Agriculture closes offices in 5 states after threats

WASHINGTON (AP) — The Agriculture Department said Tuesday it had closed offices in five states after receiving anonymous threats that it considered serious.

USDA spokesman Matthew Herrick said the department had received “several anonymous messages” late Monday that raised concerns about the safety of USDA personnel and facilities. He said offices in six locations in the five states were closed Tuesday morning until further notice.

Herrick said the threat was one email message sent to multiple employees at all of the locations.

“Without getting into detail of the email message, USDA continues to work closely with federal and local law enforcement, including the FBI, to determine whether the threat is credible,” Herrick said.

The closed facilities are in Fort Collins, Colorado; Hamden, Connecticut; Beltsville, Maryland; Raleigh, North Carolina; Kearneysville, West Virginia and Leetown, West Virginia.

They include offices for eight USDA agencies, including the Forest Service and the Food Safety and Inspection Service. Among the sites affected was USDA’s sprawling agricultural research center and library in Beltsville, where employees were informed of the threat Tuesday morning and sent home. In Fort Collins, four buildings at the Natural Resources Research Center — a campus where over 1,000 people work — were closed.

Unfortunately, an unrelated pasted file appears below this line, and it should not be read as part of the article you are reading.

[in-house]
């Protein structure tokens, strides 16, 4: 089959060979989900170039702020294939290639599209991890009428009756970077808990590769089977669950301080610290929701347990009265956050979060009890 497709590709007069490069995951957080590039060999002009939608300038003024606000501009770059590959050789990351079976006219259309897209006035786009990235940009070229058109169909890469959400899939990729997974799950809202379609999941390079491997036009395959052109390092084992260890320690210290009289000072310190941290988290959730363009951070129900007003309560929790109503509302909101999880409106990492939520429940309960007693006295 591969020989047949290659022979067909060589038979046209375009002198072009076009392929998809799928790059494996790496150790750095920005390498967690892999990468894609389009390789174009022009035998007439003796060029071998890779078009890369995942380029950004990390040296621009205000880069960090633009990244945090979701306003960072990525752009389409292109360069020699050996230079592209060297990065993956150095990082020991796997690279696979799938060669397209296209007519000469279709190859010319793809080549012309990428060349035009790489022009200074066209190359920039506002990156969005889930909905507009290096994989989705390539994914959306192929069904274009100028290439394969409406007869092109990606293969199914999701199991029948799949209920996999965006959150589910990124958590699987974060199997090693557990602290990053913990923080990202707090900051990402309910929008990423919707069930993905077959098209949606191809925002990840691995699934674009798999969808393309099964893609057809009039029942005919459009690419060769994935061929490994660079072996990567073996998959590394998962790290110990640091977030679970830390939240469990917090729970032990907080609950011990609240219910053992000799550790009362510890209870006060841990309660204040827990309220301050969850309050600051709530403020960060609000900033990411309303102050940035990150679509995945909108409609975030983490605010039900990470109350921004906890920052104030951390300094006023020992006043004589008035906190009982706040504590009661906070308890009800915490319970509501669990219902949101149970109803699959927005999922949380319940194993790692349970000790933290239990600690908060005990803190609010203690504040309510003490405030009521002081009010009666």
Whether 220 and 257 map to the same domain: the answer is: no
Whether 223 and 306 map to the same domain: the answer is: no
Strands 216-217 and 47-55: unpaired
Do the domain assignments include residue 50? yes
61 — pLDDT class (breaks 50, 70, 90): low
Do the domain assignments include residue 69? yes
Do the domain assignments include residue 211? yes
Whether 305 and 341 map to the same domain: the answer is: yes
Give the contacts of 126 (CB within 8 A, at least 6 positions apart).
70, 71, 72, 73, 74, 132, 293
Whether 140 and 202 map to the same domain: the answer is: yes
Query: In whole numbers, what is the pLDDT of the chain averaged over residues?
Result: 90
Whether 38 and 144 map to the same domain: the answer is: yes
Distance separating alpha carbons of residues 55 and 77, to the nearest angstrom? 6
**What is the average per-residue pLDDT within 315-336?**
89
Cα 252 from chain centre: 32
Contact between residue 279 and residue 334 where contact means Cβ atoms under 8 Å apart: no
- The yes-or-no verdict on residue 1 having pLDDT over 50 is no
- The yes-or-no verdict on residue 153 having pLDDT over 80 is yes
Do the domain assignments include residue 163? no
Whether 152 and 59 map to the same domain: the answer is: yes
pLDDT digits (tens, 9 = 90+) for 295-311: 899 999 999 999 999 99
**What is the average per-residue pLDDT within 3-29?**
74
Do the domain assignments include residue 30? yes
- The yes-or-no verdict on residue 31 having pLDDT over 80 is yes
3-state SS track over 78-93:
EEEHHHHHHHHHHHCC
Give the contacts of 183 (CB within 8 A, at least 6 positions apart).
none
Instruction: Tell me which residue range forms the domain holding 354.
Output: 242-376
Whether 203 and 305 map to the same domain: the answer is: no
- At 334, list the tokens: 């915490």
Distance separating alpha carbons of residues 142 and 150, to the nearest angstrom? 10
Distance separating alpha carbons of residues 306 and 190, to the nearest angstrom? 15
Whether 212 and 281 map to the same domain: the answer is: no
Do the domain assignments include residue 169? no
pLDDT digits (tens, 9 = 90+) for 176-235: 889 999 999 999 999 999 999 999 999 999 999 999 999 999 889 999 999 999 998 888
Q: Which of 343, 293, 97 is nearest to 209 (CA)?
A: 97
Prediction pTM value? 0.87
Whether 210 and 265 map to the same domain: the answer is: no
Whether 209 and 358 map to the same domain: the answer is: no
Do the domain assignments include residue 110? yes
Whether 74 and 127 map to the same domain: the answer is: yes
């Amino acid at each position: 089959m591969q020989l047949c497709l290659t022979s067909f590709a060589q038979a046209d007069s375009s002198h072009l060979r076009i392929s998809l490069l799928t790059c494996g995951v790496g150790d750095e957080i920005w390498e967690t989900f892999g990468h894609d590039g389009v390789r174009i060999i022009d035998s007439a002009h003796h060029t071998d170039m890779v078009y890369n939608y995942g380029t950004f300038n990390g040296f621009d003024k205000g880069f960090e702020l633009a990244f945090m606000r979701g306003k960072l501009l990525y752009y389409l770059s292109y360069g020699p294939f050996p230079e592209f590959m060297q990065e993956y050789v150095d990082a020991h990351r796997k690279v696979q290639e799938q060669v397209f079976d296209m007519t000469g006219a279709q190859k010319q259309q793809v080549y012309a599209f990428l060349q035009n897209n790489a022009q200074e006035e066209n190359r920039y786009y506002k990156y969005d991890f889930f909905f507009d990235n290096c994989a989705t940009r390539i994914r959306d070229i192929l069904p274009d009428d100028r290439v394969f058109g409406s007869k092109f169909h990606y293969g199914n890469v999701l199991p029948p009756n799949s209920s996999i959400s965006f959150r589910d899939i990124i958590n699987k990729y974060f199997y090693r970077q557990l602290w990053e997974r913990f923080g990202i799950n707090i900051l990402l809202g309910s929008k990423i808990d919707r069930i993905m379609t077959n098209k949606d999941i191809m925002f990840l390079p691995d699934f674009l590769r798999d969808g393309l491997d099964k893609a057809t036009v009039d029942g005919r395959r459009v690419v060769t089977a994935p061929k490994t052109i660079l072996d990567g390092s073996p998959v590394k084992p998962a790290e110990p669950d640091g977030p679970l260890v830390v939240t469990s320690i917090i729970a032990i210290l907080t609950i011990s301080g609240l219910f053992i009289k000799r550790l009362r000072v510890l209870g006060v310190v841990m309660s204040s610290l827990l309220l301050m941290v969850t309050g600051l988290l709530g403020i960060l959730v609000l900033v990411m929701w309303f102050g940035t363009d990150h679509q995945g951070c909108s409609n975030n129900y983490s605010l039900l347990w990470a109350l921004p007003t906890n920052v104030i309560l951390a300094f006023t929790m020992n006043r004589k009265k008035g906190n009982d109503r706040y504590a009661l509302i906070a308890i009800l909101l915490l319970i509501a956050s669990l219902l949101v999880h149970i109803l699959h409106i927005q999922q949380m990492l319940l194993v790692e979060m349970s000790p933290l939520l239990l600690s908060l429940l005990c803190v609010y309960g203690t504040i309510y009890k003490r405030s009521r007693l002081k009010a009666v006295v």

In an email to employees, Agriculture Secretary Tom Vilsack said USDA is closing the offices “due to the serious nature of these threats.” He did not characterize the threats, but asked employees to be aware of their surroundings and report any suspicious activity. He said employees could telework or take authorized leave.

White House Spokesman Josh Earnest said the Department of Homeland Security is working with USDA “to ensure the safety of their offices and the personnel that work there.”

The temporary closures may affect some tourists. In Colorado, the Forest Service’s Canyon Lakes Ranger District tweeted that its information center is closed.


Associated Press writers Ben Nuckols and Darlene Superville in Washington and Colleen Slevin in Denver contributed to this report.

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